Most people continued to go about their daily lives: working and drinking, smoking pot, playing video games, teaching their kids, and listening to any of the vomit that the internet spewed up…back when we had internet, that is. It only ever became a real issue when “The First Case” popped up in your state, your city, and then your neighborhood.

People didn’t panic, at first. They went out and stocked up on supplies, grabbing things that they knew they’d need. Eventually there was a decent amount of fighting, to be sure, and a lot of people did die as things started to hit closer to home, whether by the hands of their neighbors, or by being torn apart by the things that used to be their neighbors.

Granted, some people did flee, following the grandiose notion that they could “hide things out.” They went running off to the nearest mountain or lake. I don’t really know what they thought they would accomplish. After all, most of them were Average Joe’s that lived in the suburbs, and they didn’t have the first clue about surviving outside of organized society. I’m sure it may have seemed like an awesome idea at the time, but after a few days of “roughing it” set in and their cans of caviar and bottles of Dasani ran out, I imagine that the notion became a bit tiresome. They’d come limping back into town and run into a pack of deaders. I don’t need to tell you what happened after that.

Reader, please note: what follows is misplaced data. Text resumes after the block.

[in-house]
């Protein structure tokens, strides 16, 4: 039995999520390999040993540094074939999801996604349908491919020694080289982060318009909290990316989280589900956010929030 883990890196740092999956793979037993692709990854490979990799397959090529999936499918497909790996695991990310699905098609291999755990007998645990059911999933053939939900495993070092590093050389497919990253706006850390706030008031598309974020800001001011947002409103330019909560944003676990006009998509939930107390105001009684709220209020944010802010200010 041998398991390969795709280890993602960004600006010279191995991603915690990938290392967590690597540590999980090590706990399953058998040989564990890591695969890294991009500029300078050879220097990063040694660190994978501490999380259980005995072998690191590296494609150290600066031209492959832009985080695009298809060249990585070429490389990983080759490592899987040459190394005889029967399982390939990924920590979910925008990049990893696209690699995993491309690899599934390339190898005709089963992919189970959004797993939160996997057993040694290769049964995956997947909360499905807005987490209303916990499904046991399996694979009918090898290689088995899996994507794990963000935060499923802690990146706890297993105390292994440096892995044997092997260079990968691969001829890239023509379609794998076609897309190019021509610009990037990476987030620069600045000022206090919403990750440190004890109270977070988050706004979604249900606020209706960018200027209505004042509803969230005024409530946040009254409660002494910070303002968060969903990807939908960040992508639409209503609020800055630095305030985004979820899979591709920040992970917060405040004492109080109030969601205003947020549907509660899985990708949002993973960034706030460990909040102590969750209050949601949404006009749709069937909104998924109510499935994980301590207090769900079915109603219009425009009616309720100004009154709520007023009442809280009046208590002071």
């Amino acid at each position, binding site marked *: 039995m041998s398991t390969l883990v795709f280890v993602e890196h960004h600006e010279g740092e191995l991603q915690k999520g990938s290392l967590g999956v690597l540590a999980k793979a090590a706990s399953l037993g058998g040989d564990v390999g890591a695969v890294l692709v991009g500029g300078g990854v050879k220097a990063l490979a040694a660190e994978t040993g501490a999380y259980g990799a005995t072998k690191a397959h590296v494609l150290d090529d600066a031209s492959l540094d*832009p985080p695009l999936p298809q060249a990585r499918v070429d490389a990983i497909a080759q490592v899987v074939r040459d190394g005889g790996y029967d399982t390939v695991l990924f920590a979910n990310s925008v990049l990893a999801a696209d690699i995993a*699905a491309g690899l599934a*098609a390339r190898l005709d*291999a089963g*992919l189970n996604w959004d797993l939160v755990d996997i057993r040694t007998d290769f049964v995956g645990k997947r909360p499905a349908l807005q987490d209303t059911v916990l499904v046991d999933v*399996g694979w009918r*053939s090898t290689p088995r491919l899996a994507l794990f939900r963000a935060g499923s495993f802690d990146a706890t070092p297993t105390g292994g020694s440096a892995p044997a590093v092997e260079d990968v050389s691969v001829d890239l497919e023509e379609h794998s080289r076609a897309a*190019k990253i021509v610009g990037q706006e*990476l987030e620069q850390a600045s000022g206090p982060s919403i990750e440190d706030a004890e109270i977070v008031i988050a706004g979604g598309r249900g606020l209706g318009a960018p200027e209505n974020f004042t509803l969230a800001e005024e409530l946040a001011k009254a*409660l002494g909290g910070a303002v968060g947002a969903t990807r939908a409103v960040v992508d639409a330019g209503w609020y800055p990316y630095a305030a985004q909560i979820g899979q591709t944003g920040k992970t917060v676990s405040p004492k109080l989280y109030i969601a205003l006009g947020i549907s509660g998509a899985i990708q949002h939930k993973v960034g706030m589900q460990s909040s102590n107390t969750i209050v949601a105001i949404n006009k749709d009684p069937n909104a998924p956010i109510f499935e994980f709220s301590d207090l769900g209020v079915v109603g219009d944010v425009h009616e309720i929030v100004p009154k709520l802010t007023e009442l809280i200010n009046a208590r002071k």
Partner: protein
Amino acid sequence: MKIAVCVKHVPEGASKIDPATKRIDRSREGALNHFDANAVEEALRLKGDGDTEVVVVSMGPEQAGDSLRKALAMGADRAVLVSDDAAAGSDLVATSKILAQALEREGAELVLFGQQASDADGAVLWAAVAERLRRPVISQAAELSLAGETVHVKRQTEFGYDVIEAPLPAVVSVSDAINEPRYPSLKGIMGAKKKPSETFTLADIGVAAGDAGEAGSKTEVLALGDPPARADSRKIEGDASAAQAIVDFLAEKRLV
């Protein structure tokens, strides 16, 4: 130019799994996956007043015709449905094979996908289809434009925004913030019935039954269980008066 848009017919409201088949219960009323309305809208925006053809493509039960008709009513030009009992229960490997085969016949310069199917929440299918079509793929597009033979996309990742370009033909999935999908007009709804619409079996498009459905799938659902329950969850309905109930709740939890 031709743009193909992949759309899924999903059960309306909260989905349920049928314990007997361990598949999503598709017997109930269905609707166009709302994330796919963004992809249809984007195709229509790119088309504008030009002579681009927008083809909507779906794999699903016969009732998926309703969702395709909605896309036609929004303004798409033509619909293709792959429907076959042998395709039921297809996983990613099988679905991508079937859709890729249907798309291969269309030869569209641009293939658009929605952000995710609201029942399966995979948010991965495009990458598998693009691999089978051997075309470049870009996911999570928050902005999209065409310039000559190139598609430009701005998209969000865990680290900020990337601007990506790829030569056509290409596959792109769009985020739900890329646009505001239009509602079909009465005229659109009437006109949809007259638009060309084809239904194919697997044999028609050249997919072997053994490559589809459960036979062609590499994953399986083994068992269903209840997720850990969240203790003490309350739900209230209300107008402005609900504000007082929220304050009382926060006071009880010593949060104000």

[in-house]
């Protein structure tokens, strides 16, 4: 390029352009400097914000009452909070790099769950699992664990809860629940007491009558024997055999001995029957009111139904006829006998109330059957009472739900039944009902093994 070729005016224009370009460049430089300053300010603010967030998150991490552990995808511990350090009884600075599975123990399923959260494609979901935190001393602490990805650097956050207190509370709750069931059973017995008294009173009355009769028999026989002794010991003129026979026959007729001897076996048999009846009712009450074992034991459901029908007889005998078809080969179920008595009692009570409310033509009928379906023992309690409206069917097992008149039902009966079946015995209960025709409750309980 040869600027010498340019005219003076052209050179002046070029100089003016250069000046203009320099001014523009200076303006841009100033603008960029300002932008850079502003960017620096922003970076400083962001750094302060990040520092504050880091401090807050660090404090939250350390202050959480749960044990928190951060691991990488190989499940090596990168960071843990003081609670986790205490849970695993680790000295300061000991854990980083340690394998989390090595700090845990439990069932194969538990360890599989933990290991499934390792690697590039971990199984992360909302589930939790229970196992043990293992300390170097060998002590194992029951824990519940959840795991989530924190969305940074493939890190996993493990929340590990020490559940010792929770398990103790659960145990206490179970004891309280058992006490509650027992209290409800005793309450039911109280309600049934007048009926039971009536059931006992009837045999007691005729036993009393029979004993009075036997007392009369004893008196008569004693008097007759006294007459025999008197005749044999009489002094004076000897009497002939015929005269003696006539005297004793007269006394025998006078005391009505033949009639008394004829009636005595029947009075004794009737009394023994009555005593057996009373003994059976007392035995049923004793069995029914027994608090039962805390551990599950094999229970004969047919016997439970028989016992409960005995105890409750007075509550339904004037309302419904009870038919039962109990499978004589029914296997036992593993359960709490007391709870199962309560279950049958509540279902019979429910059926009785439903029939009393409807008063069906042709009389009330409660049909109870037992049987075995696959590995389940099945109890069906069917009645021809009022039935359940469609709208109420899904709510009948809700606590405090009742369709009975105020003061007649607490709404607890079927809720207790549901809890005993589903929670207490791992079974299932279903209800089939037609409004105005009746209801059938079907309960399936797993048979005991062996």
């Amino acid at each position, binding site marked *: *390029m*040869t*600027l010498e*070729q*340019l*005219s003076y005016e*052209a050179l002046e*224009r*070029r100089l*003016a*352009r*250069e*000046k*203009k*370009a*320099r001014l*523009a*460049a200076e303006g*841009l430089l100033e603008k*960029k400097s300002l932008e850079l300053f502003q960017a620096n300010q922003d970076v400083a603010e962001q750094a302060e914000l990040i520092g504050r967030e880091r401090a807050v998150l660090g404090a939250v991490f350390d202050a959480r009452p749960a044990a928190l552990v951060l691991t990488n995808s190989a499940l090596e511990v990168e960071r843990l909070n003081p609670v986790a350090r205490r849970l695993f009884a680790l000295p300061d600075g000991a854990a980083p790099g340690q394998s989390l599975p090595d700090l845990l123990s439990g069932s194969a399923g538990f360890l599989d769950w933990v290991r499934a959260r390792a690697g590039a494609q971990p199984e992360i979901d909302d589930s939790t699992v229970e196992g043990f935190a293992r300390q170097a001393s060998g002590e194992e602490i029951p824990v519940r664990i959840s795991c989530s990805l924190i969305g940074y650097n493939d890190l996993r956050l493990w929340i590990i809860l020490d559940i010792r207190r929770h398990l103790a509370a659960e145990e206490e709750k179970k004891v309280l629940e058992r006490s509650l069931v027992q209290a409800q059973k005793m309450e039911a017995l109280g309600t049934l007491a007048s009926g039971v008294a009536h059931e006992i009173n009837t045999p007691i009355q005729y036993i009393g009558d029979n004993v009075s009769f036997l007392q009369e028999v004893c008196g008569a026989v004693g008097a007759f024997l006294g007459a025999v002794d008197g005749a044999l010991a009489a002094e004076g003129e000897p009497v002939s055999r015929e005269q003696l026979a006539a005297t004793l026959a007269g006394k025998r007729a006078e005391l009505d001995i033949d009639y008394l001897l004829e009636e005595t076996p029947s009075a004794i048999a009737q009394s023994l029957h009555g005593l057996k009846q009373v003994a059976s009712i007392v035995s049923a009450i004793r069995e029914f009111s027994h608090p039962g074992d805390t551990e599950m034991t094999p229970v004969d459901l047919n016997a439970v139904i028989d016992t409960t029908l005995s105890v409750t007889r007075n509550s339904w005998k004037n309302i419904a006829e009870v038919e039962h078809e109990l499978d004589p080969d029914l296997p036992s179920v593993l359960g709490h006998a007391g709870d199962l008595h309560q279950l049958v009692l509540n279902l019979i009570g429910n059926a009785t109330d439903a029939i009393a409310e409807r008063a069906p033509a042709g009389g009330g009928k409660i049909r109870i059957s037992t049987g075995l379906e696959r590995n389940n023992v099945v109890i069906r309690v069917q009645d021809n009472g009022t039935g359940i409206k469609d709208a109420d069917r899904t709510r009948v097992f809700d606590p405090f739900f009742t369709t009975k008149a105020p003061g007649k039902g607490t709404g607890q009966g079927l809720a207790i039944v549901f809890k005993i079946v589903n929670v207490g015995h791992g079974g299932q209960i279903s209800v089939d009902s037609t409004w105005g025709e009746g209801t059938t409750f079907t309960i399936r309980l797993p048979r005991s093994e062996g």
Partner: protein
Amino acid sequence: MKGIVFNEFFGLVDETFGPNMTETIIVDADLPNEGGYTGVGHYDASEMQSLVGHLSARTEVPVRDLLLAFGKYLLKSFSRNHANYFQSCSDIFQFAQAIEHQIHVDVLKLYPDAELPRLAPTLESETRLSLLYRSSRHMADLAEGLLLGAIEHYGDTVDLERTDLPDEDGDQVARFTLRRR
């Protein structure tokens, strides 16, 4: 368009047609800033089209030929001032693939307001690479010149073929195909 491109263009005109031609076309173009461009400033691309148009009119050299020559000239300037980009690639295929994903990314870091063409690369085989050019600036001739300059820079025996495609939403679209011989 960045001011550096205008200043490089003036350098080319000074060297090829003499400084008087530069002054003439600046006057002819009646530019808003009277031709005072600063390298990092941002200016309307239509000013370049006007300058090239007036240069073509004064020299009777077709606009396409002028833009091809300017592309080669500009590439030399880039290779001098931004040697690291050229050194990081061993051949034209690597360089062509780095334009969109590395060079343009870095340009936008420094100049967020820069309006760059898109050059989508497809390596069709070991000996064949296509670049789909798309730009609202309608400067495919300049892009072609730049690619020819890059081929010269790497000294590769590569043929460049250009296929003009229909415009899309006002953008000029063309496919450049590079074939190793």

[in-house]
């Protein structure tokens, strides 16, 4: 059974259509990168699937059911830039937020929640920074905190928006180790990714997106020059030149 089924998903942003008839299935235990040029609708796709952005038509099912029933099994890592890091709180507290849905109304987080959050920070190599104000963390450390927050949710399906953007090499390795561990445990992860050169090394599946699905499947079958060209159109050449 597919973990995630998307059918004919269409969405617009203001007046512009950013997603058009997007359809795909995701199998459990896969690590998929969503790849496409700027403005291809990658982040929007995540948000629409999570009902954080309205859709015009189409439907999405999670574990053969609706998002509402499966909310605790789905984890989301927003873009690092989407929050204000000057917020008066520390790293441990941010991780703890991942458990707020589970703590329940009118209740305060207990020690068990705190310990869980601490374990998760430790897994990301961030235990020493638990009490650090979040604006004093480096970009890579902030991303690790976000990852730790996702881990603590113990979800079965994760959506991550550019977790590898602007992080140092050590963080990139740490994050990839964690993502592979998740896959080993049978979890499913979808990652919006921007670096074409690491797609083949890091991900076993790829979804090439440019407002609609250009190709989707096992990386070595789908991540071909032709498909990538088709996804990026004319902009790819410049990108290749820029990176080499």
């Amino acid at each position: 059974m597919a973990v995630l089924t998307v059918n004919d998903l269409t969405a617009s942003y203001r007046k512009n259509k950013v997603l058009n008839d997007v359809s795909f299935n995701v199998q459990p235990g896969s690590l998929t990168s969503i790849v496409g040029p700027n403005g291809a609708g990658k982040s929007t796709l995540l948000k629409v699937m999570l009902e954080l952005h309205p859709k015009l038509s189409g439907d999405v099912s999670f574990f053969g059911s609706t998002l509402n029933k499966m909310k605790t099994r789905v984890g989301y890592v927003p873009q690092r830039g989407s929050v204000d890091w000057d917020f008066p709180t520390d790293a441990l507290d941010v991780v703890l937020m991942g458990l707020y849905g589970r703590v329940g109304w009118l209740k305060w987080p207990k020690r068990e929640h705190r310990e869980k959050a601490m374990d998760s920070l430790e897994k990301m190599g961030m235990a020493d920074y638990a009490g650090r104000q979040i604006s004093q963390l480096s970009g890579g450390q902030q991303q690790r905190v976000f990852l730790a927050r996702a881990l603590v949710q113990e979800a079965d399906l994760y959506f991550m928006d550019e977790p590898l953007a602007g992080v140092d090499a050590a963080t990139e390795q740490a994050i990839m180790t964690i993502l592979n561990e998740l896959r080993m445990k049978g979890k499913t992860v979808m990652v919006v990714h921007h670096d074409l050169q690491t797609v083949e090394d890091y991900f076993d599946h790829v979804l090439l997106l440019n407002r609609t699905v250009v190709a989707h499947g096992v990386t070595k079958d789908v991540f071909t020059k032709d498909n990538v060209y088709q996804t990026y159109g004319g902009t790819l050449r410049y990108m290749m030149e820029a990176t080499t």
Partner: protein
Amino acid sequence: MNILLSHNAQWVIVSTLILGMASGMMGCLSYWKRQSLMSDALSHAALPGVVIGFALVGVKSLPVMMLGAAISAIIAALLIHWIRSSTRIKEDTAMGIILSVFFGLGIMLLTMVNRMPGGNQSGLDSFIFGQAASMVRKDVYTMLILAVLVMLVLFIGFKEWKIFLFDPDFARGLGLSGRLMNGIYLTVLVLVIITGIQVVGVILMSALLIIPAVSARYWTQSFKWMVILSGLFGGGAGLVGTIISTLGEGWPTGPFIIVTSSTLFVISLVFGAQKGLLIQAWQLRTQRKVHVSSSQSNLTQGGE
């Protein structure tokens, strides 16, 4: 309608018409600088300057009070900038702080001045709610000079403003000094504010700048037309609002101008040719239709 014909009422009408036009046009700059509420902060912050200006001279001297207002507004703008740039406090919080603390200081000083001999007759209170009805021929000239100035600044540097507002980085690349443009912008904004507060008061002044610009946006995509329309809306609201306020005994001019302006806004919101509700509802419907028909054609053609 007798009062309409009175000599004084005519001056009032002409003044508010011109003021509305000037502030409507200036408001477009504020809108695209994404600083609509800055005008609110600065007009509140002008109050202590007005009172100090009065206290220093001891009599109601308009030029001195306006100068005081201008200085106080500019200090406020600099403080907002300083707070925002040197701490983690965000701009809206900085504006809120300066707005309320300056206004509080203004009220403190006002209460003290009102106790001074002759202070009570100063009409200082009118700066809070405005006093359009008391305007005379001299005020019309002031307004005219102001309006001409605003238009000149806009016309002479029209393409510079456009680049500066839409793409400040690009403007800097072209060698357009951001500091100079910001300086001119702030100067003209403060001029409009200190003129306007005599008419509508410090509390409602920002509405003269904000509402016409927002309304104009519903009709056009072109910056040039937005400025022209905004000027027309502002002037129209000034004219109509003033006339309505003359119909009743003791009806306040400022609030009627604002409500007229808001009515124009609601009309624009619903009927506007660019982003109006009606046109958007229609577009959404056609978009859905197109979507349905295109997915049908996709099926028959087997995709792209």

It was laughably stupid of them, and I have no sympathy in me.

You know what it came down to? What really allowed those of us that remained to survive the first season of the zombie apocalypse? Any guesses? No? Please, allow me to tell you: common fucking sense.